The Dangers of the Gospel of Accommodation on Forgotten Word Ministries

                                             
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The Dangers of the Gospel of Accommodation

A sermon given by David Wilkerson at an Assemblies of God headquarters chapel service.

By David Wilkerson

I am not coming to you as a pastor but with a prophetic word. God so shook me recently with this message that I should bring it somewhere, sometime in Springfield. This morning the Lord, by His Spirit, spoke to my heart that this is the time. He has called me to be one of His watchmen, and I have wept over this and prayed that He will help me deliver the message in a spirit of love. This is not a chastisement but a warning for the Assemblies of God.

A New Gospel

 

Accommodate means to adapt, to make suitable and acceptable, to make convenient. A gospel of accommodation is creeping into the United States. It's an American cultural invention to appease the lifestyle of luxury and pleasure. Primarily a Caucasian, suburban gospel, it's also in our major cities and is sweeping the nation, influencing ministers of every denomination, and giving birth to megachurches with thousands who come to hear a nonconfronting message. It's an adaptable gospel that is spoon-fed through humorous skits, drama, and short, nonabrasive sermonettes on how to cope—called a seeker-friendly or sinner-friendly gospel.

To begin with, those terms are unscriptural. The gospel of Jesus Christ has always been confronting—there is no such thing as a friendly gospel but a friendly grace.

This new gospel is being propagated by bright, young, talented ministers. They have come upon a formula which states you can go into any town or city; and if you have the right formula, within a short time you can raise a megachurch.

If you are a young man and have certain skills, you find those skills and a part of the city that would best suit you. You move into that area, poll it, and find out what the nonchurchgoers want:

"You don't like choirs. Well, would you go to a church that didn't have a choir?" Yes.

"You don't like to wear suits. Would you go where it's informal?" Yes.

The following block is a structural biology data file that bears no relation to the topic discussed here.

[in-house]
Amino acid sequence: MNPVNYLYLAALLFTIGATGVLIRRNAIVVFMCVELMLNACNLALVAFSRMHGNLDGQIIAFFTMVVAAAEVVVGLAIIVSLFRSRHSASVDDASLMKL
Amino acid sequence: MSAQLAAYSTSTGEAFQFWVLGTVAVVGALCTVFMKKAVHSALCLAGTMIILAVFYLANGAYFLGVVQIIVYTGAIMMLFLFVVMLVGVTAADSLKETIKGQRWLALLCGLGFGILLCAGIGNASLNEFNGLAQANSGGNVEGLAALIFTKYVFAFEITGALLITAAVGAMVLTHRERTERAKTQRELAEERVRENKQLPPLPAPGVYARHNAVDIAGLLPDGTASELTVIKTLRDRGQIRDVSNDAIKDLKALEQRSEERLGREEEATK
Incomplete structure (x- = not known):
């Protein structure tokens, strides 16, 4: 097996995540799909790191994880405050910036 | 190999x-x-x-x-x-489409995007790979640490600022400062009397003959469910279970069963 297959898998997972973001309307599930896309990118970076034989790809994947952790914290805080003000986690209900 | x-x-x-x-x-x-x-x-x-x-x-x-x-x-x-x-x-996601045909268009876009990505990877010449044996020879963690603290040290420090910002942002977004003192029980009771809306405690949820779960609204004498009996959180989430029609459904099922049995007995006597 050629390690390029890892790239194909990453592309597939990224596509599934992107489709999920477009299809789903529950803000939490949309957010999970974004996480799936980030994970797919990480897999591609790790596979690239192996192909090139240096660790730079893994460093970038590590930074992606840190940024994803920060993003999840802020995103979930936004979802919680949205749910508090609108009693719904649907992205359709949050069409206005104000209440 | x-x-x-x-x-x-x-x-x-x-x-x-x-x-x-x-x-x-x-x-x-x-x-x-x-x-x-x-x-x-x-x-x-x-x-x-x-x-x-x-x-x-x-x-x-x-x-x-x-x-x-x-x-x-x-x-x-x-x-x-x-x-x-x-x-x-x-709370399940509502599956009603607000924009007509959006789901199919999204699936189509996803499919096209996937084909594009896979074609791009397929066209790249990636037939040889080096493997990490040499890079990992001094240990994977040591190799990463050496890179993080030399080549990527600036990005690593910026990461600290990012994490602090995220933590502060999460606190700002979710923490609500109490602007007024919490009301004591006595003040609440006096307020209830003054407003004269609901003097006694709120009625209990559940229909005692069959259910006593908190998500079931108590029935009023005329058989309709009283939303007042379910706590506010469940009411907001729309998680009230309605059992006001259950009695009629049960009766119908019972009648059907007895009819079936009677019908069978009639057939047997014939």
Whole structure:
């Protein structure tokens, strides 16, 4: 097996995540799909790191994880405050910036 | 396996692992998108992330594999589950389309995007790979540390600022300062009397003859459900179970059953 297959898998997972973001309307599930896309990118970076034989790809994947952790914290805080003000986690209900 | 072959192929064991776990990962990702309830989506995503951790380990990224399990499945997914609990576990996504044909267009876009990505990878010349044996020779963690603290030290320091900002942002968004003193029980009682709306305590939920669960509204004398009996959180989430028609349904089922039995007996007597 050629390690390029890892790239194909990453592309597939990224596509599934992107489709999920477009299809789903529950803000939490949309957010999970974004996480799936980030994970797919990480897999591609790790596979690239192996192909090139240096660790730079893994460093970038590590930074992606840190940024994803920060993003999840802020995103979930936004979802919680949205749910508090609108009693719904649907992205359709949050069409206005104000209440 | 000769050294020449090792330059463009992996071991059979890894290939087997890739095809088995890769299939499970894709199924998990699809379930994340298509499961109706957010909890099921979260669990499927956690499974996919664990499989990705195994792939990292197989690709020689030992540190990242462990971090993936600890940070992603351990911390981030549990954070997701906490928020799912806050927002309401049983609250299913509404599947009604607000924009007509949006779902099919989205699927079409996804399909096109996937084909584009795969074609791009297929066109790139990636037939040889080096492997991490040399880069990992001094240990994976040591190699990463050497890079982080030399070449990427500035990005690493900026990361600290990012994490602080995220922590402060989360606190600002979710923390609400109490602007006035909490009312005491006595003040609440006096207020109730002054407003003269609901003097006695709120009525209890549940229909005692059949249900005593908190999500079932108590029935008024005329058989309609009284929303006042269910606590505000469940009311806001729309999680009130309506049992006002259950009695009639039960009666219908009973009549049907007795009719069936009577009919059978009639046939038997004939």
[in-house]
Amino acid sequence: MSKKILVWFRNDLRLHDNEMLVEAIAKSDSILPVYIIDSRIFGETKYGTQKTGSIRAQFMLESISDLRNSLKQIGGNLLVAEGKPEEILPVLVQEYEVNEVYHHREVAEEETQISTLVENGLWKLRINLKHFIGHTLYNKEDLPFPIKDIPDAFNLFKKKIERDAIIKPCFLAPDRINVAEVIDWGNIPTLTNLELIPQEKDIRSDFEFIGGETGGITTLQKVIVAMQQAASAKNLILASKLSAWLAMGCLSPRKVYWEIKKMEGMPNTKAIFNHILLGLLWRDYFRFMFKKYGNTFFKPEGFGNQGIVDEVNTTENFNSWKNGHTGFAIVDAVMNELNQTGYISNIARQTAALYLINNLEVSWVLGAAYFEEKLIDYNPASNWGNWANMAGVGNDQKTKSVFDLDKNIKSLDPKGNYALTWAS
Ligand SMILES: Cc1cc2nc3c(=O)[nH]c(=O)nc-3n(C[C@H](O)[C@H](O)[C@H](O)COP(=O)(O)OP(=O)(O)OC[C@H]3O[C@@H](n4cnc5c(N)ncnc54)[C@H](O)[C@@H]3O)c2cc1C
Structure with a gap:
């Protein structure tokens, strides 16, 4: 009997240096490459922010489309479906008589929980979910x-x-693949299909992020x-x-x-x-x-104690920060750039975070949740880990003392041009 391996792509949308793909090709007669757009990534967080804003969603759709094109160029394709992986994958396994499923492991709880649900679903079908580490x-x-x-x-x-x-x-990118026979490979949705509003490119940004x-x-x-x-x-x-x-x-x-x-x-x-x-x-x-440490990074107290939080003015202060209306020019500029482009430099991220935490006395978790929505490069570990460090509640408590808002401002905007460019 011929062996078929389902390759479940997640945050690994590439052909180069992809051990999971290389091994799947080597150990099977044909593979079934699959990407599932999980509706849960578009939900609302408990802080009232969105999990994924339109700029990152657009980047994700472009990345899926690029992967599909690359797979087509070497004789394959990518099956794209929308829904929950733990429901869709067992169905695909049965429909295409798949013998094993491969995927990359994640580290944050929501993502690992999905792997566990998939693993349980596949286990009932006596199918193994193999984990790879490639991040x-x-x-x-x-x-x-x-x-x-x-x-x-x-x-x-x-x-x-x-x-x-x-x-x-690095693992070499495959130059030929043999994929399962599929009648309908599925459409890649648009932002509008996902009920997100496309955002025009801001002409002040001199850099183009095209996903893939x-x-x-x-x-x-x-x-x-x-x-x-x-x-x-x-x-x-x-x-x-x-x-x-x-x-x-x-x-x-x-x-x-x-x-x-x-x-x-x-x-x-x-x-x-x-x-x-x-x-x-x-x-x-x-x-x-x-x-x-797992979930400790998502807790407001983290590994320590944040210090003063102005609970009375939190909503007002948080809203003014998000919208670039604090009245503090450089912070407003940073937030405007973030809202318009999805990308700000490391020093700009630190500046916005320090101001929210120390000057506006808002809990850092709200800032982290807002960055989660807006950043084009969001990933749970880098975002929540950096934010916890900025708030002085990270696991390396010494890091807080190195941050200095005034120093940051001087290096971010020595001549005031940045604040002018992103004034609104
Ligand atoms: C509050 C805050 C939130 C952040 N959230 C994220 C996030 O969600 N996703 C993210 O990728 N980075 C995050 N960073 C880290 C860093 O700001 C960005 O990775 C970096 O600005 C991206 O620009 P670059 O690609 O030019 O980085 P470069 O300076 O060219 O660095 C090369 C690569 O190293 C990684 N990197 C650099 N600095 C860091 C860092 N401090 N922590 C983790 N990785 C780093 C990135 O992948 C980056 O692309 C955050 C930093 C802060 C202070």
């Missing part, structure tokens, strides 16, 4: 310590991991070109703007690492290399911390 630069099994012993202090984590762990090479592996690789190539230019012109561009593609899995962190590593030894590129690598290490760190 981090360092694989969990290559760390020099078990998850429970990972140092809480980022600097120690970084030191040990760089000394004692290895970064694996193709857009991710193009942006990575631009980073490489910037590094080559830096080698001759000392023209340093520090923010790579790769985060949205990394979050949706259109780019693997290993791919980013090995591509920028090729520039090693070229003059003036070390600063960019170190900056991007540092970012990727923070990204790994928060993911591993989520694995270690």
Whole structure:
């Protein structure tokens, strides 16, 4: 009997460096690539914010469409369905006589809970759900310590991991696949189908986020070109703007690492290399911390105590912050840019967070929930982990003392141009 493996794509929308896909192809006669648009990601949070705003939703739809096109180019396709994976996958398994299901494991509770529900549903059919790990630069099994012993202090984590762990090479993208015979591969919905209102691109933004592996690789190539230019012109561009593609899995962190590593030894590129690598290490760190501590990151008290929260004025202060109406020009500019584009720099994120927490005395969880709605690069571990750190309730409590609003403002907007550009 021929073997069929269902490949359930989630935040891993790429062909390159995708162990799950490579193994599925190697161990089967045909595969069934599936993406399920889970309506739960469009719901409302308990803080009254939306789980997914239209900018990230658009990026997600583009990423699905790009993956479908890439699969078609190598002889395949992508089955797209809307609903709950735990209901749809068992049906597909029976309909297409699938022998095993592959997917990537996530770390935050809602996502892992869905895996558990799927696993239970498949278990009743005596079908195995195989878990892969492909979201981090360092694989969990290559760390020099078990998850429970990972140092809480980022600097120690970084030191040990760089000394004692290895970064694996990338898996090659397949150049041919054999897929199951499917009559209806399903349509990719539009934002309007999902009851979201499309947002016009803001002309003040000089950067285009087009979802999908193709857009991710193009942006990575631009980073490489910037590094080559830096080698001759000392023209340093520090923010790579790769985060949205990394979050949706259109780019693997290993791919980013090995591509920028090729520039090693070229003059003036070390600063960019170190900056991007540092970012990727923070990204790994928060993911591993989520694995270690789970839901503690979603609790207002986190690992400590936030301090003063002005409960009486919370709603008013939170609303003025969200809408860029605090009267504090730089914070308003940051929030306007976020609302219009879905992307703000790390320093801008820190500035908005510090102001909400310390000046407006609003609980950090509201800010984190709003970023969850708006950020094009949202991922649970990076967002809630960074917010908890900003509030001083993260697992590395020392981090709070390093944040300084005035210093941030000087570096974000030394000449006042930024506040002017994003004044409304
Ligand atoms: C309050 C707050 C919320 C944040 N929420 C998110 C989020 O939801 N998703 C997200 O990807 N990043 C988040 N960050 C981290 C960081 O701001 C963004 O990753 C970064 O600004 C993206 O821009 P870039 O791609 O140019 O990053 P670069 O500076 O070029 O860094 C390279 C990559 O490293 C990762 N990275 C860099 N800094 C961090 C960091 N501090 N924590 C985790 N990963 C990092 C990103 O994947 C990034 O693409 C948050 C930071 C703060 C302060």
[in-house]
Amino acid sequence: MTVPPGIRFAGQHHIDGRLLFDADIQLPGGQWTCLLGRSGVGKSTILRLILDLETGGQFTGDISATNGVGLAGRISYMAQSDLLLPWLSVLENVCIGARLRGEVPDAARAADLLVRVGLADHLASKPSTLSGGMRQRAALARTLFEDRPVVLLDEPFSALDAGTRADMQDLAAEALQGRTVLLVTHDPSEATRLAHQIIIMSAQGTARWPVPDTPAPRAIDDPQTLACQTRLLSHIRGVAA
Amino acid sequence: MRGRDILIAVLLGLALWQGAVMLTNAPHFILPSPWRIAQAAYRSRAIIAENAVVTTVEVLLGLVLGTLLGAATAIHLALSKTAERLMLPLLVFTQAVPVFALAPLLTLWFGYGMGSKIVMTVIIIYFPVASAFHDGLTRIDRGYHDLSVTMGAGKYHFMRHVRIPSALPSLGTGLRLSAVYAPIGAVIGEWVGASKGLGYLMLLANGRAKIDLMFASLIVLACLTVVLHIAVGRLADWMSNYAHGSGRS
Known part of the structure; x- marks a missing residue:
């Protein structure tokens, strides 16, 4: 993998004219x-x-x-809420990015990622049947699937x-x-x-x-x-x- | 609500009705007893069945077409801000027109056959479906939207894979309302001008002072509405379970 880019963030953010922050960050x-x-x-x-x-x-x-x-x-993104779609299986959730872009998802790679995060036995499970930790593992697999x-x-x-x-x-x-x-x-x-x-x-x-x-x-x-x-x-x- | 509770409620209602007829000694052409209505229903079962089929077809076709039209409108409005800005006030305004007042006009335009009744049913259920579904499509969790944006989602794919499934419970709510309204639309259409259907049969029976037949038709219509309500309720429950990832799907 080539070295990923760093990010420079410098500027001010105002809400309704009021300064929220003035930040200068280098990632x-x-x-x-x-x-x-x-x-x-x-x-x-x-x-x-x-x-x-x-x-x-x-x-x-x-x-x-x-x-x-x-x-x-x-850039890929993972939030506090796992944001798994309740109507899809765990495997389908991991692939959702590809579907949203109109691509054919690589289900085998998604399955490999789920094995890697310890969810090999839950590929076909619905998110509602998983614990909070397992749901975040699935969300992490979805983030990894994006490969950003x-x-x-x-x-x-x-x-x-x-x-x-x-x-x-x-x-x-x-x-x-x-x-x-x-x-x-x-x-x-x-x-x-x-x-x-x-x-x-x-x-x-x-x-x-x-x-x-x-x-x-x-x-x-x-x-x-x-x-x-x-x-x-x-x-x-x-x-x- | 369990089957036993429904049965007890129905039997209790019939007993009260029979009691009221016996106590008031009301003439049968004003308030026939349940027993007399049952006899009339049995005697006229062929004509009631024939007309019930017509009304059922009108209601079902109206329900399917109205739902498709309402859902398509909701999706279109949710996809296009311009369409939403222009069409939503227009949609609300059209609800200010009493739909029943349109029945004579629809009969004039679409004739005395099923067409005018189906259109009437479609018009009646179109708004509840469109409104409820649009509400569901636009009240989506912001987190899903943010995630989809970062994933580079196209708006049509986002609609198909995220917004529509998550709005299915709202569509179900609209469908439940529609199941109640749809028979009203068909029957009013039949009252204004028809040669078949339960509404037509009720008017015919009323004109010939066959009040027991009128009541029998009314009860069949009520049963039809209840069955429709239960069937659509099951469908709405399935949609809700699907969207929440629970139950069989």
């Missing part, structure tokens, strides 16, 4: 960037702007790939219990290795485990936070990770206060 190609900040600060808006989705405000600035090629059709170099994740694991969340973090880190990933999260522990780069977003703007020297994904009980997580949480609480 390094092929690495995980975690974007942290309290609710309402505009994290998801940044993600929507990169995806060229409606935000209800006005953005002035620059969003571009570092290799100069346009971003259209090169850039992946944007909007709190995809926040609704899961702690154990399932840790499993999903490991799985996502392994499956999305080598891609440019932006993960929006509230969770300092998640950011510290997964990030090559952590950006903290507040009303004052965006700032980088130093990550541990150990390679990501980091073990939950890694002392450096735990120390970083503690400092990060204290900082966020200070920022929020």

Then you go to your computer and design a gospel that will not confront but will shoot out the desires and the needs of the people. After you have gathered a handful of people, you keep interviewing them to find out what they want; then you design your message to help people cope with their needs. The program you design is intended to make the church comfortable and friendly for all sinners who wish to attend.

This gospel is fast becoming the most prosperous and flourishing of all religious movements. Thousands attend these churches. The pastor is the CEO, and it becomes a business. They make no bones about it: They are following Madison Avenue tactics and can make a success of it. Their formula for quick church growth is cleverly packaged and is being sold especially to young ministers—those who want to be a part of the big boys and what's happening on a fast track. They want it to happen quickly.

Paul's Warning

Paul warned of the coming of another gospel and another Jesus (2 Corinthians 11:4). He warned the church that it's really not another gospel but a perversion of the true gospel of Jesus Christ. If you hear any other gospel, he said, let that preacher be accursed. In other words, no matter how pleasant, how pious, or how sincere, if the message is not the death of sin through the cross of Jesus Christ, let it be accursed.

I tremble when I read in the Scriptures that in the last days Satan is going to come right into the church posing as an angel of light. He's going to take ministers who, at one time, had the touch of God, and he's going to transform them into angels of light to become his tool of deception. That's frightening. It causes me to fall on my face before God for such false, deceitful workers transforming themselves into the apostles of Christ. No marvel, for Satan himself is transformed into an angel of light. Therefore, it's no great thing if ministers also are transformed as the ministers of righteousness whose end shall be according to their works.

Paul said they are going to glory in the flesh, in their bigness, their numbers, their influence, and their contemporariness. They will boast they are contemporary, that there is a gospel that is out of style that doesn't reach human need anymore. They will glory in the world's acceptance. Jesus warned, "Beware of false prophets, which come to you in sheep's clothing, but inwardly they are ravening wolves" (Matthew 7:15). The context of that warning was: "Straight is the gate, and narrow is the way, which leadeth to life, and few there be that find it" (verse 14).